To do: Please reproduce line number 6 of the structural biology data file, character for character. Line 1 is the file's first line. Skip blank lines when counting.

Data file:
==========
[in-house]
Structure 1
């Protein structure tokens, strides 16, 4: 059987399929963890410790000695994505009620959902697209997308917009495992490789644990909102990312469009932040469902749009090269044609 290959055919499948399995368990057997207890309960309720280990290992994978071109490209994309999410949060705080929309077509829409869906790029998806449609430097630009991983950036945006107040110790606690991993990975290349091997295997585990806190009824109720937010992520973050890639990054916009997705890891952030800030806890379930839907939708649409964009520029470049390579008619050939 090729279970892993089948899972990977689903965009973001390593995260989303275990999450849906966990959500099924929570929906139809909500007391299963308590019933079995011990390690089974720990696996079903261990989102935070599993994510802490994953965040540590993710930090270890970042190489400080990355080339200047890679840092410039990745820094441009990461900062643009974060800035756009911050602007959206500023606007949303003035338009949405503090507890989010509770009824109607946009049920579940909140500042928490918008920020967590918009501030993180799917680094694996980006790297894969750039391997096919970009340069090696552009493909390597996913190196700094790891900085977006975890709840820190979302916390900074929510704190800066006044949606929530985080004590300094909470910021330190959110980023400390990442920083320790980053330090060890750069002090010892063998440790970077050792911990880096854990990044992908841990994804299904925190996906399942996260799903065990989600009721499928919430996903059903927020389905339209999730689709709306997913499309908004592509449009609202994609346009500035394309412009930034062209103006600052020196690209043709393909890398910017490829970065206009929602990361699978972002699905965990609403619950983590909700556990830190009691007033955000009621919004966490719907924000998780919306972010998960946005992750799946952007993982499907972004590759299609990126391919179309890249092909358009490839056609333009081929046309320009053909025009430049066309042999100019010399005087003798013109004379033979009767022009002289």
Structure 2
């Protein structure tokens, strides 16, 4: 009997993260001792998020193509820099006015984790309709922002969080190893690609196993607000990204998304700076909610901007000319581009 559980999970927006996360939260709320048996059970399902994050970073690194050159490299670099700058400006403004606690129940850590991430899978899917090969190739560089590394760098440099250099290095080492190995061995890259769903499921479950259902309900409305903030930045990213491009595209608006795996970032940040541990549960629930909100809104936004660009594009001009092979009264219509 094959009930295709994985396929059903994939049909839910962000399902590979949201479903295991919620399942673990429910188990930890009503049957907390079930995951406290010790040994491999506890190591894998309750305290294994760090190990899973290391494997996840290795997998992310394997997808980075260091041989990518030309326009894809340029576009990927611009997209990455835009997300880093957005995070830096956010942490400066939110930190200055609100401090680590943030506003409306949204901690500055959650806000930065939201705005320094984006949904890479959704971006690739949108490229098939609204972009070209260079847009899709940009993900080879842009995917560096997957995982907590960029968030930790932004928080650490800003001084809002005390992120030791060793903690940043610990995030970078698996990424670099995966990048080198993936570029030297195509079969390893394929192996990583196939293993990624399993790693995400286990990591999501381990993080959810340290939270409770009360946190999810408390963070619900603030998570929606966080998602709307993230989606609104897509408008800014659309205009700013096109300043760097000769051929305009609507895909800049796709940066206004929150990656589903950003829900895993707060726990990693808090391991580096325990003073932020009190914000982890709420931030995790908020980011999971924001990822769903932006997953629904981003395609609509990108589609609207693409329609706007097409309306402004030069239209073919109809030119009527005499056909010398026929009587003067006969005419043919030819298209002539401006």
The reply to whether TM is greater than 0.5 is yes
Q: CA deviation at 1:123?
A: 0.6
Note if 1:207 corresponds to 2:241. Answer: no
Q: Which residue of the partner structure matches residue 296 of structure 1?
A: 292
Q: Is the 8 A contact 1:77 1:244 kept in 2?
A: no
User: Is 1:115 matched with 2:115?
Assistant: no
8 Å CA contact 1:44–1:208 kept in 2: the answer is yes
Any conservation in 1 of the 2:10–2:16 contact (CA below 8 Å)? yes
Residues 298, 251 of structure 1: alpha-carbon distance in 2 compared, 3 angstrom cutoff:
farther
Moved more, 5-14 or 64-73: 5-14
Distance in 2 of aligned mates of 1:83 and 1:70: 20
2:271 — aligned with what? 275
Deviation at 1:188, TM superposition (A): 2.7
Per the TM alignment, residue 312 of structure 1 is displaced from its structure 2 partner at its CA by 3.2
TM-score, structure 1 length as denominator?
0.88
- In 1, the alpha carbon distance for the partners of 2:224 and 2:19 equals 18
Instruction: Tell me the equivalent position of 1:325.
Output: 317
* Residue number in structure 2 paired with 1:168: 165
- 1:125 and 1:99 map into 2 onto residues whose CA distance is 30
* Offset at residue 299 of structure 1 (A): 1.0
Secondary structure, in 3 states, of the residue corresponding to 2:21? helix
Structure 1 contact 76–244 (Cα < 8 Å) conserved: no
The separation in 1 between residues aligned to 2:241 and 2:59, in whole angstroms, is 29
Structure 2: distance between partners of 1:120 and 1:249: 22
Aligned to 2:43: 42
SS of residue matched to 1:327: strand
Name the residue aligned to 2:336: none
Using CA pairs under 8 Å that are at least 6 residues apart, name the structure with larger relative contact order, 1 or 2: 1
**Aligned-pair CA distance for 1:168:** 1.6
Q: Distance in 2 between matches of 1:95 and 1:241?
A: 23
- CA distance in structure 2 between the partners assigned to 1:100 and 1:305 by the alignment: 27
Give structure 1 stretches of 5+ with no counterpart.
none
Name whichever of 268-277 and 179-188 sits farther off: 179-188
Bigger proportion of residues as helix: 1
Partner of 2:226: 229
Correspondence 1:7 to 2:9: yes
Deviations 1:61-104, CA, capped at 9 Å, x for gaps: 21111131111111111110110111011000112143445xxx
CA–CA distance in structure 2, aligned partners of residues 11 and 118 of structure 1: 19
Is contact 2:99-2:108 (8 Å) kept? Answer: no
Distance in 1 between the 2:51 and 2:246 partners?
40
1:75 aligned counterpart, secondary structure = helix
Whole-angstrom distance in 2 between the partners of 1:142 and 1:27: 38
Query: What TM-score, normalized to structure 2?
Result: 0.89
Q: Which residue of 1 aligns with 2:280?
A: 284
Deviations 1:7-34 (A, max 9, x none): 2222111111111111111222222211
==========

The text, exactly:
The reply to whether TM is greater than 0.5 is yes